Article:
For such initiatives to take root and become accepted practice, the relationship between government and society would need to be fundamentally reconfigured. Not only would government involve those likely to be immediately impacted by an issue, but it would engage a truly representative, random sample of the population, tasked with understanding the full context of the issue and its wider repercussions, deliberating judiciously, and selecting the best option(s) to advise government. These processes would be transparent from inception through to the implementation of outcomes.

Achieving ‘institutionalised’ deliberative democracy would require such initiatives to be built into our society so that almost no one could imagine them not being there.

Here is one scenario for our democratic future.

  • Political parties will come to elections clearly stating those critical problems and
    opportunities facing the nation, which they believe will require the
    co-intelligence of dialogue and deliberation to resolve. People will be
    called up for citizenship duties, just like they are currently called up
    for jury duty. Using life-long learning principles, citizens’ capacity
    building in dialogue and deliberation will be funded and implemented. At
    least in the short term, those jurors currently not required for jury duty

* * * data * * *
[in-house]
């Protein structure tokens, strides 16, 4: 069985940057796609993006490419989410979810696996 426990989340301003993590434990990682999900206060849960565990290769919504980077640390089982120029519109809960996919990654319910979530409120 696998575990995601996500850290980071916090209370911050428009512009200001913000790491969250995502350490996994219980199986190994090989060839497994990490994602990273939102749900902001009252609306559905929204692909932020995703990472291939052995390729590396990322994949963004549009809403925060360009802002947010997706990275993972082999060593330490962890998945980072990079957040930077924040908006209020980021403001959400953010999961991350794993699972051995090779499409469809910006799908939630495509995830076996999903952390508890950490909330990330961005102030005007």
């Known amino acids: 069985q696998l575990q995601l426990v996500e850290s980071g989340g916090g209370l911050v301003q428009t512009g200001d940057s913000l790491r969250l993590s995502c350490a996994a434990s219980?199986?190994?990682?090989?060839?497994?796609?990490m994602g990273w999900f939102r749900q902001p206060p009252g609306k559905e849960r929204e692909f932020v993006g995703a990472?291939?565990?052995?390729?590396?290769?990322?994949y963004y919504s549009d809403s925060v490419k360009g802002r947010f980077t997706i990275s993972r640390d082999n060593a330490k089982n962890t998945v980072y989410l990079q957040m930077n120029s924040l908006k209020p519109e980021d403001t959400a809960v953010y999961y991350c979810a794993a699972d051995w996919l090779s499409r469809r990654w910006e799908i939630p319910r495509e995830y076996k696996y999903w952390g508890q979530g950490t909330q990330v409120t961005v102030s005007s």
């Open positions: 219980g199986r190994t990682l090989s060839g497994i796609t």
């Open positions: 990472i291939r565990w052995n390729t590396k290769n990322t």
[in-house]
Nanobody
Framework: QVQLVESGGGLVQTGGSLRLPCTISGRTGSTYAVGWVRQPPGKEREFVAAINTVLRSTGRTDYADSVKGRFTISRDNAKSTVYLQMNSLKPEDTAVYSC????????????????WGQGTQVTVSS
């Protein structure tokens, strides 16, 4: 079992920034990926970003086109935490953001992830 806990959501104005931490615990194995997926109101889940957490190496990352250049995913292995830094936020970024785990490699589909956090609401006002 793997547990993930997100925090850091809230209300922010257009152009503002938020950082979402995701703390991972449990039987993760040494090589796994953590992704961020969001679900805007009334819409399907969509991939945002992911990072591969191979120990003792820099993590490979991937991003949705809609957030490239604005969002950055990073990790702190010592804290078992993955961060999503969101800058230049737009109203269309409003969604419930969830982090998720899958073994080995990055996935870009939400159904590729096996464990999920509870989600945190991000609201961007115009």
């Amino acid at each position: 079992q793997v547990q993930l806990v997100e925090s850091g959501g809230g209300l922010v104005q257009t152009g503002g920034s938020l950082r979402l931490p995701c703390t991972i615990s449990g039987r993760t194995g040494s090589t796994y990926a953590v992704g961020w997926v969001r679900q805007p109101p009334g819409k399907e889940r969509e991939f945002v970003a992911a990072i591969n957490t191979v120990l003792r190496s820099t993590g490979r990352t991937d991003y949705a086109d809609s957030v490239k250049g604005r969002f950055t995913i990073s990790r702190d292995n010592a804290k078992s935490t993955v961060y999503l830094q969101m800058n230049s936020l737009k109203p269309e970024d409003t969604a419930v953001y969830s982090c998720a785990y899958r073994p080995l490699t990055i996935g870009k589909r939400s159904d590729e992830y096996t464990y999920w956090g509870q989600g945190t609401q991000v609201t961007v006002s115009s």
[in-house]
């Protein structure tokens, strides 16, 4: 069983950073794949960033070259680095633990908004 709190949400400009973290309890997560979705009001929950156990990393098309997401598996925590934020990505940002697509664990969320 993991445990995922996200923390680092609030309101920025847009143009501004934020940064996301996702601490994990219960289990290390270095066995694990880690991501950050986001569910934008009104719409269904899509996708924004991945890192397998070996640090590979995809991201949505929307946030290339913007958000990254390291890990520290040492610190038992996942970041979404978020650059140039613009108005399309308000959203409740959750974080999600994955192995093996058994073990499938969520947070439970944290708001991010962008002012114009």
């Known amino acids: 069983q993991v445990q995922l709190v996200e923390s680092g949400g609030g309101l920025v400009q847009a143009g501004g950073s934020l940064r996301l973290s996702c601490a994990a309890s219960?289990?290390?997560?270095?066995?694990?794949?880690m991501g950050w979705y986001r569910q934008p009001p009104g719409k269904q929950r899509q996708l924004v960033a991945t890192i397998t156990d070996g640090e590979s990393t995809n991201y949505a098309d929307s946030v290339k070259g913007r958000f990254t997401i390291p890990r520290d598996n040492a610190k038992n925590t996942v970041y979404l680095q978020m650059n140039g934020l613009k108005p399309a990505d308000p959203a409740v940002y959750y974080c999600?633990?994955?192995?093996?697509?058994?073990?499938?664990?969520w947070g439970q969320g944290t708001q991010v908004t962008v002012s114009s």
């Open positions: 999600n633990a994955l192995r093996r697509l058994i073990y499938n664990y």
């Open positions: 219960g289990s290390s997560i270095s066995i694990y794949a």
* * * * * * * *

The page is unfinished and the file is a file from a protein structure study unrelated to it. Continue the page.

can be used to deliberate important civic issues.
  • A national, possibly international group of practitioner/researchers will provide advice to governments on the processes and techniques best suited to the problem/opportunity and situation. They will oversee independent research and evaluation of the processes, and the results will be widely disseminated to ensure
    continuous improvement -at a national and international level.
  • Complex ideas will be made accessible to lay people with the government acting as brokers – the nexus between citizens and scientists/academics – and government will subsidise these efforts.
  • When significant legislative change is recommended by deliberative democracy processes, governments will put the recommendations to referenda. Any such referendum will preceded by funded public education, aimed at comprehensively and effectively explaining the issues. For other recommendations, governments
    will commit to informing constituents what will and will not be implemented, and if not, why not. Lay deliberative democracy processes will be on par with Royal Commissions.
  • Governments will commit to funding and agency support for approved recommendations to ensure their implementation, and will widely disseminate feedback on progress made.
  • Political parties will be judged at the election boxes on how well they listened to and enacted the co-intelligent will of the people.

All we need is one Premier or Prime Minister willing to trial this system. When governments realise the benefits of wiser, inclusive decisions, we can turn around the dysfunction of our current political processes, and co-create participative, inclusive democracies with better decision-making.